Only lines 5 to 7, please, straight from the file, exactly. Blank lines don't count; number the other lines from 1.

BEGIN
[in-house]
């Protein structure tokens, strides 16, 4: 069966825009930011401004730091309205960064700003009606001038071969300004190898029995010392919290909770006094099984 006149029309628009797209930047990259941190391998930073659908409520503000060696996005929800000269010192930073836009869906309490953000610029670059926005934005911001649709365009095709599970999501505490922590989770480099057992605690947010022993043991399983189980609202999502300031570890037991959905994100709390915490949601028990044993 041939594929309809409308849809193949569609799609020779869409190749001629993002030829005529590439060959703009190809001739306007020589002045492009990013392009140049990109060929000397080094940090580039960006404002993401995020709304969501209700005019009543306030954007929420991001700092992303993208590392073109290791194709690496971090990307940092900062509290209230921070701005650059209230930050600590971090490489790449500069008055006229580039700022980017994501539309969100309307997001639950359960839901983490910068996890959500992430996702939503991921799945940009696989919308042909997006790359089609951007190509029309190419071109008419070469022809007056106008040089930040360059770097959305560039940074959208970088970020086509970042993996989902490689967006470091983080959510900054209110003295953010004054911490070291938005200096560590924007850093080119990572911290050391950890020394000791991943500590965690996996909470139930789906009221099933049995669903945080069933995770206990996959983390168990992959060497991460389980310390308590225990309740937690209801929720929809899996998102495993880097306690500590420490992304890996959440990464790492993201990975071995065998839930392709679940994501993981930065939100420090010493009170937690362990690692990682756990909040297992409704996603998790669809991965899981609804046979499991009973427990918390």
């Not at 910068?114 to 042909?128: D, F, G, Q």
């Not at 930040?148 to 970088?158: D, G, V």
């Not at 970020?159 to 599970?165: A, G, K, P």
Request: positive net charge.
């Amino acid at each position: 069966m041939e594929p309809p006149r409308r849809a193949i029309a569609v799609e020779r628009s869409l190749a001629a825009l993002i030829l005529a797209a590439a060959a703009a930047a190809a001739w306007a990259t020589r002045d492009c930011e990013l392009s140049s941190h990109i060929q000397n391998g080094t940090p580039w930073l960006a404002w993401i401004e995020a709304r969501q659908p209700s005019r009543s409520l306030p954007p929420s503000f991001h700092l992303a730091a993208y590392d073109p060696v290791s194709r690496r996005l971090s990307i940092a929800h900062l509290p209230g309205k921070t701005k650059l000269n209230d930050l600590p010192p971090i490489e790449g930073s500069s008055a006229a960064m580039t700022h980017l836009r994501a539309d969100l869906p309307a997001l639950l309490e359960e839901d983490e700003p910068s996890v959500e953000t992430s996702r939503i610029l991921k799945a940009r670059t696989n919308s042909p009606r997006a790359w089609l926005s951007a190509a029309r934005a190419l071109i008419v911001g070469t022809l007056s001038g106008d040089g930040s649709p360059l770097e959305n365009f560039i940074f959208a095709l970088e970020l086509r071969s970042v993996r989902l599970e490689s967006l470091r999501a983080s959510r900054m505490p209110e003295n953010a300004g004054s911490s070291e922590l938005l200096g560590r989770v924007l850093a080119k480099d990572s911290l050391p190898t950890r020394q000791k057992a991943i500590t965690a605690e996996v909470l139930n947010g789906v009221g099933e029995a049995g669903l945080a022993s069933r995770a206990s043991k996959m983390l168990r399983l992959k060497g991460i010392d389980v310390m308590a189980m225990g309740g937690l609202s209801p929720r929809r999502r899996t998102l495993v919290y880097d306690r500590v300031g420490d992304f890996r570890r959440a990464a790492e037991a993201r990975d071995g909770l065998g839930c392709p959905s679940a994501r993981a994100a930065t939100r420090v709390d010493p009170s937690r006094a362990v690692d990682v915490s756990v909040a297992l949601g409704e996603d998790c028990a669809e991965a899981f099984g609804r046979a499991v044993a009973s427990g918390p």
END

């Not at 970020?159 to 599970?165: A, G, K, P």
Request: positive net charge.
């Amino acid at each position: 069966m041939e594929p309809p006149r409308r849809a193949i029309a569609v799609e020779r628009s869409l190749a001629a825009l993002i030829l005529a797209a590439a060959a703009a930047a190809a001739w306007a990259t020589r002045d492009c930011e990013l392009s140049s941190h990109i060929q000397n391998g080094t940090p580039w930073l960006a404002w993401i401004e995020a709304r969501q659908p209700s005019r009543s409520l306030p954007p929420s503000f991001h700092l992303a730091a993208y590392d073109p060696v290791s194709r690496r996005l971090s990307i940092a929800h900062l509290p209230g309205k921070t701005k650059l000269n209230d930050l600590p010192p971090i490489e790449g930073s500069s008055a006229a960064m580039t700022h980017l836009r994501a539309d969100l869906p309307a997001l639950l309490e359960e839901d983490e700003p910068s996890v959500e953000t992430s996702r939503i610029l991921k799945a940009r670059t696989n919308s042909p009606r997006a790359w089609l926005s951007a190509a029309r934005a190419l071109i008419v911001g070469t022809l007056s001038g106008d040089g930040s649709p360059l770097e959305n365009f560039i940074f959208a095709l970088e970020l086509r071969s970042v993996r989902l599970e490689s967006l470091r999501a983080s959510r900054m505490p209110e003295n953010a300004g004054s911490s070291e922590l938005l200096g560590r989770v924007l850093a080119k480099d990572s911290l050391p190898t950890r020394q000791k057992a991943i500590t965690a605690e996996v909470l139930n947010g789906v009221g099933e029995a049995g669903l945080a022993s069933r995770a206990s043991k996959m983390l168990r399983l992959k060497g991460i010392d389980v310390m308590a189980m225990g309740g937690l609202s209801p929720r929809r999502r899996t998102l495993v919290y880097d306690r500590v300031g420490d992304f890996r570890r959440a990464a790492e037991a993201r990975d071995g909770l065998g839930c392709p959905s679940a994501r993981a994100a930065t939100r420090v709390d010493p009170s937690r006094a362990v690692d990682v915490s756990v909040a297992l949601g409704e996603d998790c028990a669809e991965a899981f099984g609804r046979a499991v044993a009973s427990g918390p």